- Arnoldo Caprai 2003 Collepiano Sagrantino di Montefalco (99 pts)
- Arnold Caprai, 2016 Montefalco Sagrantino, 25th anniversary edition (97 pts)
- Sonocaia, 2020, Sonoma Valley, Sagrantino, Estate Reserve (94 pts)
The full lineup of Sagrantino wines – seven from Umbria and one from Sonoma
After the tasting, the panel retired outdoors to the patio for discussion and a perfectly curated lunch hosted by Don Sebastiani Sr. and prepared and served by renowned Chef David Bush from Oso Restaurant in downtown Sonoma. If you have not yet visited OSO, please do; it is a wonderful, locally-operated delicious family-owned restaurant.
Chef David Bush has a storied track record of amazing stops on the culinary trail, but certainly his restaurant Oso in downtown Sonoma is his crowning jewel, so far! Find it here: OSO Restaurant in Sonoma
The “Sonocaia” estate Sagrantino vineyard during a particularly lovely sunset in early September. Harvest is not expected until mid-October.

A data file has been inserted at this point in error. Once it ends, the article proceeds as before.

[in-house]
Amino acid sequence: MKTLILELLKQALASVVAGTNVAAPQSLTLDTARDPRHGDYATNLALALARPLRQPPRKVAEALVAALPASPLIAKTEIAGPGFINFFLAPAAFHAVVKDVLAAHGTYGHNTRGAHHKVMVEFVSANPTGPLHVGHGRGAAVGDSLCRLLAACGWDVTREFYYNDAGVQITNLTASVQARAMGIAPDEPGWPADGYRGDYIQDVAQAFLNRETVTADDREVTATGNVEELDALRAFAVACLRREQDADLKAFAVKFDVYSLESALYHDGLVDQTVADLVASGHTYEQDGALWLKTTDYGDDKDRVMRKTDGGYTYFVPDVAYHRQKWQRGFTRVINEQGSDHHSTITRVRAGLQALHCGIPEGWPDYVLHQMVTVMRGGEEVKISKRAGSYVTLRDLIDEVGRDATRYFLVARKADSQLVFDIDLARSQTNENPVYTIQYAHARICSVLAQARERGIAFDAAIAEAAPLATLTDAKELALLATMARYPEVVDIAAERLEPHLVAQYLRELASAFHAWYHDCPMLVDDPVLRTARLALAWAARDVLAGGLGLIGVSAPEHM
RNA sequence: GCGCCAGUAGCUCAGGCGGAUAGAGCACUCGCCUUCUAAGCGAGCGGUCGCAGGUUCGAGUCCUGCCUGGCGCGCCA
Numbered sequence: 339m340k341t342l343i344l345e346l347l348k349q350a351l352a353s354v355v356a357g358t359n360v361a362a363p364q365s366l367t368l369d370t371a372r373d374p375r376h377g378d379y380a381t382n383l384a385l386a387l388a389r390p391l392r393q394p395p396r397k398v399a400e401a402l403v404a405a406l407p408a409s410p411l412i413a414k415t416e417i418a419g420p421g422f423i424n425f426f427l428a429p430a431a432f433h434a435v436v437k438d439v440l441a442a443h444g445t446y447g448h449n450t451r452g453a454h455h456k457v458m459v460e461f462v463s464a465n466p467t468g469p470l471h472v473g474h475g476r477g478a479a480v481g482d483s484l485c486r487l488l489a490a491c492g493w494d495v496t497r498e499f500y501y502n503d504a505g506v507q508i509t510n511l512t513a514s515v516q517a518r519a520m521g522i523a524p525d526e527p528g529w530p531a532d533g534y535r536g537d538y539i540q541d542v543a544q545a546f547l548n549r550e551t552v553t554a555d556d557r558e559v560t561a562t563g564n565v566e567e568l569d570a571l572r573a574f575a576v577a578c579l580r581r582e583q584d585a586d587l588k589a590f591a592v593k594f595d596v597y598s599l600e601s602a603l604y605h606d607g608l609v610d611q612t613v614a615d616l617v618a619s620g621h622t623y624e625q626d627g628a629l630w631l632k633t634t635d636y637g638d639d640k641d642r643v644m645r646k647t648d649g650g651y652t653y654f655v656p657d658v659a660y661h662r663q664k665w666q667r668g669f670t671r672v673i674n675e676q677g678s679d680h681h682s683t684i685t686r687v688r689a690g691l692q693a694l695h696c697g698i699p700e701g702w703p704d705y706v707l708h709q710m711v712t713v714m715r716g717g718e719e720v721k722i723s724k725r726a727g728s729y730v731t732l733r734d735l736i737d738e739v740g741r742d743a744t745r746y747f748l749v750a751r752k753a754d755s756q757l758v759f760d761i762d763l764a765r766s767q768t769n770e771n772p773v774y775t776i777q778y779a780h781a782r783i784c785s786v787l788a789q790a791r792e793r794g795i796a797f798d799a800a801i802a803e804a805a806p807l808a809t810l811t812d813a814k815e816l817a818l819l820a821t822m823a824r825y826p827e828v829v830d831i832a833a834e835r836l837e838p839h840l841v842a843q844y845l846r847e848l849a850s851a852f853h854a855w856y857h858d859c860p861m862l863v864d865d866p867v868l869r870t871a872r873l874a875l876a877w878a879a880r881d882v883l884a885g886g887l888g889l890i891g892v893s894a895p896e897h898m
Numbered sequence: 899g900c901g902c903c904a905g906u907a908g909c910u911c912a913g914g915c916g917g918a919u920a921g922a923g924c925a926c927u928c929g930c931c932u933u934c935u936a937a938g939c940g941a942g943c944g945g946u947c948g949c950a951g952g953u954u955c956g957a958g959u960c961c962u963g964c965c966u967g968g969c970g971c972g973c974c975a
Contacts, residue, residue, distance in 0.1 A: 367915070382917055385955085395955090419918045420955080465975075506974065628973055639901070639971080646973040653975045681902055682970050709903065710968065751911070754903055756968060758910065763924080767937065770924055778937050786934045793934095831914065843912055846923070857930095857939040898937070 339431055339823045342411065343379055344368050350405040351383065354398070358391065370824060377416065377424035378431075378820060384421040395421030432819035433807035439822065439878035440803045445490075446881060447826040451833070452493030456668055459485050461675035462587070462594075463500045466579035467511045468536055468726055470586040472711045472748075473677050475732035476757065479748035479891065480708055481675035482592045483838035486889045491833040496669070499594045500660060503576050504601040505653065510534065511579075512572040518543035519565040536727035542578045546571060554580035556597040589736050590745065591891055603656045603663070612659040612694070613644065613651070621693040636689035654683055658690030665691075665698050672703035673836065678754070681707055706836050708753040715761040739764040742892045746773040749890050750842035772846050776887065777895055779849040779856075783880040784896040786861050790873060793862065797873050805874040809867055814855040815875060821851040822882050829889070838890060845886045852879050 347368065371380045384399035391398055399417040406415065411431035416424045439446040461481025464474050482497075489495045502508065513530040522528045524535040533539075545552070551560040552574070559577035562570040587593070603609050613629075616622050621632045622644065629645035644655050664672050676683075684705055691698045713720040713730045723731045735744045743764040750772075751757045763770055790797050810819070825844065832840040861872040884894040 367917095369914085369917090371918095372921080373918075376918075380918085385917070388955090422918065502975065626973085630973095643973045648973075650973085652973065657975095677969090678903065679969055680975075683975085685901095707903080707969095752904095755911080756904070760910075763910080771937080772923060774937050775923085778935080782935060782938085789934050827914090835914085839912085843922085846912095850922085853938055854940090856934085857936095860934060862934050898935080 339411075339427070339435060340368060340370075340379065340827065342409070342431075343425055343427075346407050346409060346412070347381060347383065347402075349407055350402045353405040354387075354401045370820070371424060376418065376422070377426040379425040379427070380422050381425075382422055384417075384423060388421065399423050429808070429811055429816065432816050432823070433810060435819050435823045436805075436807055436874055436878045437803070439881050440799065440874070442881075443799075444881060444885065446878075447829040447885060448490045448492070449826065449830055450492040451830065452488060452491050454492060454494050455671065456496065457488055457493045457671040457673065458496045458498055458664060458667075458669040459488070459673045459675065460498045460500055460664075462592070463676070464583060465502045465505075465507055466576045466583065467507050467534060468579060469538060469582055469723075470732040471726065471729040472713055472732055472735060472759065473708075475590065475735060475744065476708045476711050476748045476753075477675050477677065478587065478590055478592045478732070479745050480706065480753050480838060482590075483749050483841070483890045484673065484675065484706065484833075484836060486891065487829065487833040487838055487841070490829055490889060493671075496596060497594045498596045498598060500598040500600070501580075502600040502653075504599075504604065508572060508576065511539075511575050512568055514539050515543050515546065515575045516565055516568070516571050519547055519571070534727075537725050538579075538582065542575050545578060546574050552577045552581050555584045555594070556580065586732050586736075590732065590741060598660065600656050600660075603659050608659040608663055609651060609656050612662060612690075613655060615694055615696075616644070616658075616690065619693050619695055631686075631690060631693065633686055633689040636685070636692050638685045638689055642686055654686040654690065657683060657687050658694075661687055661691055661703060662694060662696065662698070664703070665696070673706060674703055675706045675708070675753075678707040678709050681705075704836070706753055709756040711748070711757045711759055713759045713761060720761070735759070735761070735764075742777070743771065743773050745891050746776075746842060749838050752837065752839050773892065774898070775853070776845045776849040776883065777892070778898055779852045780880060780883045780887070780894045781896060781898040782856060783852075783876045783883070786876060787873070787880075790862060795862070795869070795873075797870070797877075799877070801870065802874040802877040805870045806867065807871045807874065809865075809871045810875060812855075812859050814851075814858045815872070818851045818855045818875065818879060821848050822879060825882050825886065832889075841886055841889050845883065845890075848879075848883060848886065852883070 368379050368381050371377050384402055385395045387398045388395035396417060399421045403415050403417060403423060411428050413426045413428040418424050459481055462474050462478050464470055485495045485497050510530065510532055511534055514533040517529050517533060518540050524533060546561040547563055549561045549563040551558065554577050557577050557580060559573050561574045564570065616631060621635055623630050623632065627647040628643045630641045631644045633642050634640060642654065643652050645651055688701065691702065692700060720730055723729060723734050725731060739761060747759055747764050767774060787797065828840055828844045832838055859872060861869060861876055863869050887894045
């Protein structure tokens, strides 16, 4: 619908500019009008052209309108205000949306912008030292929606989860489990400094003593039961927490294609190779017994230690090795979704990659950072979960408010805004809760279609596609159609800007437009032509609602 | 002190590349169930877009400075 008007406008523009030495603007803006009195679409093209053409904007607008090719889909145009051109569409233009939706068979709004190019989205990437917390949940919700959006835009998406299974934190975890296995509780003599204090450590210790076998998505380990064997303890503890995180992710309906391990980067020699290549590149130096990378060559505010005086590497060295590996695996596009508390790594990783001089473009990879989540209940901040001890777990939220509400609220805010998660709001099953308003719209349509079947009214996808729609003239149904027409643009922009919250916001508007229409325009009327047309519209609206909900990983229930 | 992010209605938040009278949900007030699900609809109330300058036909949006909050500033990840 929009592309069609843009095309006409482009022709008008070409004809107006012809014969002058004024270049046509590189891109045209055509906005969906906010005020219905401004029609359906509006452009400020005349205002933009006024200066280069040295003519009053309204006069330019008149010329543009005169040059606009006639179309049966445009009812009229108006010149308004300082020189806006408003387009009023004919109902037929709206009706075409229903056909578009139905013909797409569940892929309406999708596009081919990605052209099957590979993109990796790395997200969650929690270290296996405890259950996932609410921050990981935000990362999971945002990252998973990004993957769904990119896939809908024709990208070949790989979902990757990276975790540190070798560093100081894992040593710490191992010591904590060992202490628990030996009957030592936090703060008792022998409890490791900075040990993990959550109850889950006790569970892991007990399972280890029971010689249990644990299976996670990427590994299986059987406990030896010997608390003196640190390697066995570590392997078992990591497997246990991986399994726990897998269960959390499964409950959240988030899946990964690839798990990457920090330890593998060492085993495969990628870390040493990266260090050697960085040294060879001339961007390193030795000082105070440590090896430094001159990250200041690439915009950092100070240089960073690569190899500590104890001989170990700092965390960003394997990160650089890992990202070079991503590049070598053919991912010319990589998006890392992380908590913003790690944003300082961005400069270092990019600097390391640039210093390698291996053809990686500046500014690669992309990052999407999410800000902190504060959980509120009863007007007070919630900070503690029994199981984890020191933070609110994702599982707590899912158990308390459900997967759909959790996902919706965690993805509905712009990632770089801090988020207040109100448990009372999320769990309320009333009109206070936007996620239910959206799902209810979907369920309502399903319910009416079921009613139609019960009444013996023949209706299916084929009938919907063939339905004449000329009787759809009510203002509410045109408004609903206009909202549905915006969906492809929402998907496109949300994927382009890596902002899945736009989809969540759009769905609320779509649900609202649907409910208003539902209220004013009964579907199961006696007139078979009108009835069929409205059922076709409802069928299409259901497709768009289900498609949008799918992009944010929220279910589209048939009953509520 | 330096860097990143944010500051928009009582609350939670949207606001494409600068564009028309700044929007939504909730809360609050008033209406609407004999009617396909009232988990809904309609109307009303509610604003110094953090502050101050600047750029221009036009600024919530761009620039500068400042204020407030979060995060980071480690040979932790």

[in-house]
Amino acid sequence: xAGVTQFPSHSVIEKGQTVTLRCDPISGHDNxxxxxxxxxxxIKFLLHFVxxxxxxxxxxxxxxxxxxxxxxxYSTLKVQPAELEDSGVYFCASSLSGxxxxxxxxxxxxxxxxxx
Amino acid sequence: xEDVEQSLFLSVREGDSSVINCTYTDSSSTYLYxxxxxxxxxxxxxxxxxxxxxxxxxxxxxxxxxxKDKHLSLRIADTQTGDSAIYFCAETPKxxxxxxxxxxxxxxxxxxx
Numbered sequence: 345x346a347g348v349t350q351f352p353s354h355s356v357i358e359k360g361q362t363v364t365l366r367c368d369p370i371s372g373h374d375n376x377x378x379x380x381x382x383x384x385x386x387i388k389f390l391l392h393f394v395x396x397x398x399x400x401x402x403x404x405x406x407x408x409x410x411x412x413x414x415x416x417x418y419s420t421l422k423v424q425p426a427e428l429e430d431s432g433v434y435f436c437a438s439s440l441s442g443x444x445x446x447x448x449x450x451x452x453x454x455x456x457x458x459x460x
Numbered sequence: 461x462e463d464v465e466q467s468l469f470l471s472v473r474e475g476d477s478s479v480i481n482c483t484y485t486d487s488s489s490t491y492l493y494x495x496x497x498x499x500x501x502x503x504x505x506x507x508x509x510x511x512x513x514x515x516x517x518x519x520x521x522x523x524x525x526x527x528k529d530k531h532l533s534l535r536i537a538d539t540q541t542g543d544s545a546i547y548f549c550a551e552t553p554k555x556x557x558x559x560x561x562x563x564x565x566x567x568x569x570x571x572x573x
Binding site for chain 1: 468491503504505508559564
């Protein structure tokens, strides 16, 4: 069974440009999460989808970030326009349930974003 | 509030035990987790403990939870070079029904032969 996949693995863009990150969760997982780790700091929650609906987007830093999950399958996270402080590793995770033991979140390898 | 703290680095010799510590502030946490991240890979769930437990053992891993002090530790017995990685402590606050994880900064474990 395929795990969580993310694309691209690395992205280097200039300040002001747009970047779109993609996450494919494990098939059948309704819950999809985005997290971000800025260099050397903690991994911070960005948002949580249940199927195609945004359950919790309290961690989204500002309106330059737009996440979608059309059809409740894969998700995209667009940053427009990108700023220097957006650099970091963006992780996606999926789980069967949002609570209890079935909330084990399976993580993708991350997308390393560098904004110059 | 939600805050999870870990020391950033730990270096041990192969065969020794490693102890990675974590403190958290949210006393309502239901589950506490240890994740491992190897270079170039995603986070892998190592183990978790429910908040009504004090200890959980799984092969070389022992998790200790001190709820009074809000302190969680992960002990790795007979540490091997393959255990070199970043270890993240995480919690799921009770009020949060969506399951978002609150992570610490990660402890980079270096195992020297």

But wait, there’s more, another blind wine tasting event: Hydeout Consulting client “Quail Run 2020 Estate Cabernet”, just bottled, competes with older Cabernet wine country legends and comes out a winner!
We are the consulting winemakers for the Quail Run estate Cabernet. Just a couple of weeks ago, we delivered the 2020 vintage to the client. The wine was bottled after 23 months of oak aging. The client organized an inaugural blind tasting and invited a knowledgeable group of friends and neighbors to participate. I admit I was a bit nervous knowing this newly bottled inaugural vintage (and possibly my career) was about to go head-to-head against some of the finest Cabernet’s in my client’s formidable wine cellar!
Quail Run 2020 was tasted against Stone Edge Farm 2014, Repris 2018, and Stag’s Leap 2019…
The contestants in this blind wine tasting event.